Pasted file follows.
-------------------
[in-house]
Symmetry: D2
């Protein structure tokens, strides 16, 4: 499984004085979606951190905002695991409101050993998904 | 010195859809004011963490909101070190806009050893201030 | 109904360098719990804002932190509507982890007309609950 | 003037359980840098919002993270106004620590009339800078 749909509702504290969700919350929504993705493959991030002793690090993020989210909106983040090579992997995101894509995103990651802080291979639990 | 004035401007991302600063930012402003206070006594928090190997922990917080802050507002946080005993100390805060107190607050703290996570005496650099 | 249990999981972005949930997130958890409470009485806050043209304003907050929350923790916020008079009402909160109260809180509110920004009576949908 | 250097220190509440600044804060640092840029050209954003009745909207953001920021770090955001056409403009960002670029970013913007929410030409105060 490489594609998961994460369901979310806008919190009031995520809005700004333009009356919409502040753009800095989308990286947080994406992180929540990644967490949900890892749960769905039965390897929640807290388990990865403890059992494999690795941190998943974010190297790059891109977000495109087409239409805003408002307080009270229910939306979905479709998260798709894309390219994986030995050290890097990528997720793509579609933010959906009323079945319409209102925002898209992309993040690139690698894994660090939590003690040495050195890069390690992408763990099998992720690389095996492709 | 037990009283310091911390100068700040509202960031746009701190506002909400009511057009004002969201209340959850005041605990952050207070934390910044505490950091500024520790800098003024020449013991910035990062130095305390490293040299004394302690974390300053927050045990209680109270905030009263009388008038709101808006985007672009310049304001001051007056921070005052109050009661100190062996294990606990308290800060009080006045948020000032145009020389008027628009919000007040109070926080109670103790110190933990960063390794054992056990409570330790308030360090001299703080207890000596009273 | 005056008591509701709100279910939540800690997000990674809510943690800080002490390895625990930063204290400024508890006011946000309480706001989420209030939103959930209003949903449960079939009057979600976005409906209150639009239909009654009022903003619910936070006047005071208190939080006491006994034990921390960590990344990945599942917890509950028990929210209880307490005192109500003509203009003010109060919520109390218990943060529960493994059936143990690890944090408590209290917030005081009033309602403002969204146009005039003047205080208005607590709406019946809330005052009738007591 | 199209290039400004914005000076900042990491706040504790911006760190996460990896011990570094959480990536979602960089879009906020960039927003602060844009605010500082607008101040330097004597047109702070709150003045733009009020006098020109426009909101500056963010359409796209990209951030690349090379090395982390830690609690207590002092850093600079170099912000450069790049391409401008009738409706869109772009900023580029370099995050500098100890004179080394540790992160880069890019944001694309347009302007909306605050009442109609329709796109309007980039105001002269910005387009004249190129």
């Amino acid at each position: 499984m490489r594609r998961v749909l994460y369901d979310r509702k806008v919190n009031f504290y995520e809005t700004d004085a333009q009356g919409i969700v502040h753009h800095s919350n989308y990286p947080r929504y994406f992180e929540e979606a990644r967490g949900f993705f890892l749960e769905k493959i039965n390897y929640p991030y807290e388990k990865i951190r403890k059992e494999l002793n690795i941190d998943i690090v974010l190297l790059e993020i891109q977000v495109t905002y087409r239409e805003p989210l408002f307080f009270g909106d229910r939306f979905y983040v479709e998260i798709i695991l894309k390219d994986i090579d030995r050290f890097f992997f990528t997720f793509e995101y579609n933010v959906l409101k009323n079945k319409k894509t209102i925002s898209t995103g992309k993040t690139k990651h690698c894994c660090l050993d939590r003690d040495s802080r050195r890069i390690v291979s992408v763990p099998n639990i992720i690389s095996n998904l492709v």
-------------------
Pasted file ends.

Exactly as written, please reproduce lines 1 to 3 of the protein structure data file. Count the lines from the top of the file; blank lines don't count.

[in-house]
Symmetry: D2
């Protein structure tokens, strides 16, 4: 499984004085979606951190905002695991409101050993998904 | 010195859809004011963490909101070190806009050893201030 | 109904360098719990804002932190509507982890007309609950 | 003037359980840098919002993270106004620590009339800078 749909509702504290969700919350929504993705493959991030002793690090993020989210909106983040090579992997995101894509995103990651802080291979639990 | 004035401007991302600063930012402003206070006594928090190997922990917080802050507002946080005993100390805060107190607050703290996570005496650099 | 249990999981972005949930997130958890409470009485806050043209304003907050929350923790916020008079009402909160109260809180509110920004009576949908 | 250097220190509440600044804060640092840029050209954003009745909207953001920021770090955001056409403009960002670029970013913007929410030409105060 490489594609998961994460369901979310806008919190009031995520809005700004333009009356919409502040753009800095989308990286947080994406992180929540990644967490949900890892749960769905039965390897929640807290388990990865403890059992494999690795941190998943974010190297790059891109977000495109087409239409805003408002307080009270229910939306979905479709998260798709894309390219994986030995050290890097990528997720793509579609933010959906009323079945319409209102925002898209992309993040690139690698894994660090939590003690040495050195890069390690992408763990099998992720690389095996492709 | 037990009283310091911390100068700040509202960031746009701190506002909400009511057009004002969201209340959850005041605990952050207070934390910044505490950091500024520790800098003024020449013991910035990062130095305390490293040299004394302690974390300053927050045990209680109270905030009263009388008038709101808006985007672009310049304001001051007056921070005052109050009661100190062996294990606990308290800060009080006045948020000032145009020389008027628009919000007040109070926080109670103790110190933990960063390794054992056990409570330790308030360090001299703080207890000596009273 | 005056008591509701709100279910939540800690997000990674809510943690800080002490390895625990930063204290400024508890006011946000309480706001989420209030939103959930209003949903449960079939009057979600976005409906209150639009239909009654009022903003619910936070006047005071208190939080006491006994034990921390960590990344990945599942917890509950028990929210209880307490005192109500003509203009003010109060919520109390218990943060529960493994059936143990690890944090408590209290917030005081009033309602403002969204146009005039003047205080208005607590709406019946809330005052009738007591 | 199209290039400004914005000076900042990491706040504790911006760190996460990896011990570094959480990536979602960089879009906020960039927003602060844009605010500082607008101040330097004597047109702070709150003045733009009020006098020109426009909101500056963010359409796209990209951030690349090379090395982390830690609690207590002092850093600079170099912000450069790049391409401008009738409706869109772009900023580029370099995050500098100890004179080394540790992160880069890019944001694309347009302007909306605050009442109609329709796109309007980039105001002269910005387009004249190129």